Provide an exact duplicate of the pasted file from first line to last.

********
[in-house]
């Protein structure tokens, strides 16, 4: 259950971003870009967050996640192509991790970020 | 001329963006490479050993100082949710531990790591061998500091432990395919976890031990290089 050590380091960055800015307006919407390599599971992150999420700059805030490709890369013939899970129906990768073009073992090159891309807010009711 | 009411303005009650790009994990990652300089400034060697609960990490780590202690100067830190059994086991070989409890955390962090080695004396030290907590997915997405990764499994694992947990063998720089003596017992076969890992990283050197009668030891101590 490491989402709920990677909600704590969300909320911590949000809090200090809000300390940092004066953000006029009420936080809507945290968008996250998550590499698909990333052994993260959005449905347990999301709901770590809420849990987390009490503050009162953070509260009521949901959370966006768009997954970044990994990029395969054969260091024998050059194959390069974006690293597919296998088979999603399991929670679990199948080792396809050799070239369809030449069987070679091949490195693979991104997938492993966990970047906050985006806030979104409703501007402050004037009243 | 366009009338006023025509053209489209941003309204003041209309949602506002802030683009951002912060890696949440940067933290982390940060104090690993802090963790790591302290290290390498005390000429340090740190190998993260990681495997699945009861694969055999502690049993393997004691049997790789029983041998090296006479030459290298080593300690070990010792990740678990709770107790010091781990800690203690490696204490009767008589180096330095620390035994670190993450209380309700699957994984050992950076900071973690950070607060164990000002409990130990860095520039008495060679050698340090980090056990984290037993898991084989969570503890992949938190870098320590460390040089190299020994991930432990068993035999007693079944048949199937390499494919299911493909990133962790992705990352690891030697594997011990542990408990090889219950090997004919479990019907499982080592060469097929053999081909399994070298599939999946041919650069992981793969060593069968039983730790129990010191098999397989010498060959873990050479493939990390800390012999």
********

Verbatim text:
[in-house]
């Protein structure tokens, strides 16, 4: 259950971003870009967050996640192509991790970020 | 001329963006490479050993100082949710531990790591061998500091432990395919976890031990290089 050590380091960055800015307006919407390599599971992150999420700059805030490709890369013939899970129906990768073009073992090159891309807010009711 | 009411303005009650790009994990990652300089400034060697609960990490780590202690100067830190059994086991070989409890955390962090080695004396030290907590997915997405990764499994694992947990063998720089003596017992076969890992990283050197009668030891101590 490491989402709920990677909600704590969300909320911590949000809090200090809000300390940092004066953000006029009420936080809507945290968008996250998550590499698909990333052994993260959005449905347990999301709901770590809420849990987390009490503050009162953070509260009521949901959370966006768009997954970044990994990029395969054969260091024998050059194959390069974006690293597919296998088979999603399991929670679990199948080792396809050799070239369809030449069987070679091949490195693979991104997938492993966990970047906050985006806030979104409703501007402050004037009243 | 366009009338006023025509053209489209941003309204003041209309949602506002802030683009951002912060890696949440940067933290982390940060104090690993802090963790790591302290290290390498005390000429340090740190190998993260990681495997699945009861694969055999502690049993393997004691049997790789029983041998090296006479030459290298080593300690070990010792990740678990709770107790010091781990800690203690490696204490009767008589180096330095620390035994670190993450209380309700699957994984050992950076900071973690950070607060164990000002409990130990860095520039008495060679050698340090980090056990984290037993898991084989969570503890992949938190870098320590460390040089190299020994991930432990068993035999007693079944048949199937390499494919299911493909990133962790992705990352690891030697594997011990542990408990090889219950090997004919479990019907499982080592060469097929053999081909399994070298599939999946041919650069992981793969060593069968039983730790129990010191098999397989010498060959873990050479493939990390800390012999």